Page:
Most companies will charge $1.80 to $25 per sq. ft. to level concrete, including all materials and labor. The cost to level 100 sq. ft of concrete ranges from $500 to $1,700, with the mid-range being $1,500. It typically takes only one to two hours to level concrete regardless of the method used. The typical labor cost runs around $350. The labor fee includes mixing and pouring the compound. It also includes any drilling or patching of the holes that might be required after mudjacking.

Mudjacking has many pros, such as it is an affordable way to fix sagging concrete. It is typically fast and effective and costs a fraction of what it would cost to pour new concrete. Also, it preserves your landscape because you dont have to have the old concrete removed, which can cause a mess. However, the main con against mudjacking is that it does not fix the problem that caused the sagging concrete. If you fix the concrete using mudjacking, the soil settlement issue can again occur, which causes additional sagging and cracking in the repaired area.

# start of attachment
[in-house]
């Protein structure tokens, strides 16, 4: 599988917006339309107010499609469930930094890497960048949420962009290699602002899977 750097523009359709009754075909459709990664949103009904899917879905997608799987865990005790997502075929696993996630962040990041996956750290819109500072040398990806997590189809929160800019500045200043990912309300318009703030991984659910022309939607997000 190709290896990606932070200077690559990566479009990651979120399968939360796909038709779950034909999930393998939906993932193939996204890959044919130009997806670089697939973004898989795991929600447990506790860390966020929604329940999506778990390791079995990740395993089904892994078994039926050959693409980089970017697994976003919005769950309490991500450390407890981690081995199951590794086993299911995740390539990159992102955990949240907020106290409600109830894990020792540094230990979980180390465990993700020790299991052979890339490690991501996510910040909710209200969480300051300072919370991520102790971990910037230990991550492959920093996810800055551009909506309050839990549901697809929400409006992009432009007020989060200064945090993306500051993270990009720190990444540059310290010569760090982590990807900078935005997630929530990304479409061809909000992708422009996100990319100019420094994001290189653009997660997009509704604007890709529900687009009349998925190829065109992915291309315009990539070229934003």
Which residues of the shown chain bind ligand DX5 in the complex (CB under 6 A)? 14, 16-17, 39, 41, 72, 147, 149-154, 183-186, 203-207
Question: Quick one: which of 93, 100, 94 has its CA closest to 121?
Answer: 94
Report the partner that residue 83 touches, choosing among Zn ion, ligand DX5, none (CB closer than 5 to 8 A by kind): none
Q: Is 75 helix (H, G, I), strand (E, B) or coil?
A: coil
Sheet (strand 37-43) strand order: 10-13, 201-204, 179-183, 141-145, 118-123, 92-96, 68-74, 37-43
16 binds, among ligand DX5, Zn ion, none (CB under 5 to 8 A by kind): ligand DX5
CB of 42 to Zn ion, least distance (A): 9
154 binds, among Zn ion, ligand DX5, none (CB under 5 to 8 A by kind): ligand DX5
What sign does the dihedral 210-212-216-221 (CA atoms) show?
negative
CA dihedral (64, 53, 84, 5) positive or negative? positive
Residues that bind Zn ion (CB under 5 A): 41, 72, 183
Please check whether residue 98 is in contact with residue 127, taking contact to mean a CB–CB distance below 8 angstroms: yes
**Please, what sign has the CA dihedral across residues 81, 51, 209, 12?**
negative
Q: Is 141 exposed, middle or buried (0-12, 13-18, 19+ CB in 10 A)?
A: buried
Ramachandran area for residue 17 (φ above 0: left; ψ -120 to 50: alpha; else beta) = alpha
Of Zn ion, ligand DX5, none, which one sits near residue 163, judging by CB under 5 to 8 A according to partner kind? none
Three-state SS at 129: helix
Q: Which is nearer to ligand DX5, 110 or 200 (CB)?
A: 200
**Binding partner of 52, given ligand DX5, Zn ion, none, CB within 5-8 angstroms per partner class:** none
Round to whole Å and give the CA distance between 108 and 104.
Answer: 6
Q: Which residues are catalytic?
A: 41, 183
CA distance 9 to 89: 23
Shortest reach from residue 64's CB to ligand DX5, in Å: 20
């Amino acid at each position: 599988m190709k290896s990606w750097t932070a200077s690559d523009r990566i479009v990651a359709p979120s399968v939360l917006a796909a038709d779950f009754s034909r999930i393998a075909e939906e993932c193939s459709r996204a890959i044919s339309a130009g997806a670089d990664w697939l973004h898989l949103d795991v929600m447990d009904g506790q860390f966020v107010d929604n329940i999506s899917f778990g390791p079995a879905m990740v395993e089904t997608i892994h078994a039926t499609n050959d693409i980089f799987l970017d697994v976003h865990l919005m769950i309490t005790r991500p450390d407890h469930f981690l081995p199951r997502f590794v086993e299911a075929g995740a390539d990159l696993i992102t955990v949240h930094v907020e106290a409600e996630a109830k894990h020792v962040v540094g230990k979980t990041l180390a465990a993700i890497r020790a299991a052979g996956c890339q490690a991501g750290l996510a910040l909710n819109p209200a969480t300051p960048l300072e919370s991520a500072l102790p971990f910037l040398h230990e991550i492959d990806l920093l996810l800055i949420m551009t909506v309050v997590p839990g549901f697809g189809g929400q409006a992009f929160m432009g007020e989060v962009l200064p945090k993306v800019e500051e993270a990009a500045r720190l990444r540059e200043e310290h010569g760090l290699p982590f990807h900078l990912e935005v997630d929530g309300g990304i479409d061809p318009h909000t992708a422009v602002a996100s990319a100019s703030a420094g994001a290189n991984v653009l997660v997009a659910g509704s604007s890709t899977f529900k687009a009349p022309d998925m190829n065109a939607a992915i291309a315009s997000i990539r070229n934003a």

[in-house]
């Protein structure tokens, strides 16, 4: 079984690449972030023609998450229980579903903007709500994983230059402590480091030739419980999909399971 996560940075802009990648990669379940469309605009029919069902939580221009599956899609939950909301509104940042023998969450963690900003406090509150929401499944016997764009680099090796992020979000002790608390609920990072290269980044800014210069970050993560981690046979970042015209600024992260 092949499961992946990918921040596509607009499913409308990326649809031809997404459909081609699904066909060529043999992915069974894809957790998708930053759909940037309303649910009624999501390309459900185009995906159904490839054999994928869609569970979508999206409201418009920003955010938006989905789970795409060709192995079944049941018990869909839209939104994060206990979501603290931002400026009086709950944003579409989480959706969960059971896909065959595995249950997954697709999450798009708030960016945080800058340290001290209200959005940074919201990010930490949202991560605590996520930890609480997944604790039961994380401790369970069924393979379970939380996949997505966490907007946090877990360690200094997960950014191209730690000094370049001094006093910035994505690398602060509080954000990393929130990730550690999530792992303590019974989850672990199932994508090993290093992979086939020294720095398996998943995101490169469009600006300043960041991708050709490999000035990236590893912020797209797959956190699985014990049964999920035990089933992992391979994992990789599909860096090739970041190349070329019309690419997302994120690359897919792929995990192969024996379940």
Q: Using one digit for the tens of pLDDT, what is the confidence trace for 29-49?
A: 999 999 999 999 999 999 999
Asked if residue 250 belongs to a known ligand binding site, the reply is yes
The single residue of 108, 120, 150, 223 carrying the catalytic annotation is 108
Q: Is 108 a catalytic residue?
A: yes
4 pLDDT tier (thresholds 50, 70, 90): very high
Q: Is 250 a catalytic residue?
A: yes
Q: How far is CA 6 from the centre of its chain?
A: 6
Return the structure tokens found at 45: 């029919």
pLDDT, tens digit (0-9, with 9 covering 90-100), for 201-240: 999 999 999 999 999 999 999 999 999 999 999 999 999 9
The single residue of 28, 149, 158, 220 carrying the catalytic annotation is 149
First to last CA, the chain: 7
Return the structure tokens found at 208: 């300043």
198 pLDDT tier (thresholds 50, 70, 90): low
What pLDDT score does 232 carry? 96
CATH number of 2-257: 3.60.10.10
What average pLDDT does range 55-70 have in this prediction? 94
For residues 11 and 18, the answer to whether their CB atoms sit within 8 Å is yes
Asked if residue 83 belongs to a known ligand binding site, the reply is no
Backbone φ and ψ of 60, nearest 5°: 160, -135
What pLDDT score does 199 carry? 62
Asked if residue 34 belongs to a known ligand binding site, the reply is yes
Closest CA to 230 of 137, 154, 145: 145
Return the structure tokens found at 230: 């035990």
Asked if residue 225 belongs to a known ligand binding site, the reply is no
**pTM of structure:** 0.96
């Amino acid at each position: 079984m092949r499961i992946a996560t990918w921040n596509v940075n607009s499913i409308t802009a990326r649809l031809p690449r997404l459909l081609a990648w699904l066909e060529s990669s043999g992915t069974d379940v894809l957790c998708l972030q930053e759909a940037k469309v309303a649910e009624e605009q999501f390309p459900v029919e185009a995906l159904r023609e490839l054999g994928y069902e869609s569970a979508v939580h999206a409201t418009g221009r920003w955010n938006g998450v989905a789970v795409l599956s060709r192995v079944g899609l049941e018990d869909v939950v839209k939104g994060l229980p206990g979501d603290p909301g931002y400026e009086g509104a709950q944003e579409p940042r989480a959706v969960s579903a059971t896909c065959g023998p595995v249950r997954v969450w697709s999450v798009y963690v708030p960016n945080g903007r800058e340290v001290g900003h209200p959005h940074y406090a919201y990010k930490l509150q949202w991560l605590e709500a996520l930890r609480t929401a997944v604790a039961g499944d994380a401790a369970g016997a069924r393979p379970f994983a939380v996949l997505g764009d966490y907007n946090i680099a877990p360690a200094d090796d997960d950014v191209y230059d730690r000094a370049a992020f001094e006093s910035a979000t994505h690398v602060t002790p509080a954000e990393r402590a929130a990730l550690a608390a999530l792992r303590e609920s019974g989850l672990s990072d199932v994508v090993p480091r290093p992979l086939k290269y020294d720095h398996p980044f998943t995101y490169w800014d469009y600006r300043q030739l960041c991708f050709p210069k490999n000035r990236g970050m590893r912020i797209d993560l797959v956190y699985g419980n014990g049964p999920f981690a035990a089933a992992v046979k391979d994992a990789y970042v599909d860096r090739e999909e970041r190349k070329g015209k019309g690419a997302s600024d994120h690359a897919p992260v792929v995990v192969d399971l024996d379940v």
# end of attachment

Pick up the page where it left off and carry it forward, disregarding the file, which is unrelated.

If you have a sunken slab of concrete, it can be tempting to replace it. But if the material is only sunken and is not significantly damaged in any way, concrete leveling can be significantly less expensive than removing and replacing the slab. In most cases, a new slab will cost between 50% and 70% more than the leveling. It is not uncommon for a 400 sq. ft concrete slab to cost $2,000 or more, plus the cost of demolition, making the total closer to $3,000.

However, if the slab is severely cracked, has missing sections, or has other significant damage, then leveling may not be possible. In this case, you will need a new slab. Keep in mind that a sunken slab can crack if not addressed, so by avoiding leveling, you may end up requiring a replacement down the road.

The cost of concrete core drilling averages $11 per sq. ft. This calculates to an average price of around $1,100 for a job that is 100 sq. ft. Concrete core drilling is used to raise concrete in areas that are hard to reach. Holes or channels are drilled into the concrete. Next, a self-leveler or foam is pumped through the holes into the void beneath the uneven concrete. As the leveler expands, the concrete forms a level surface.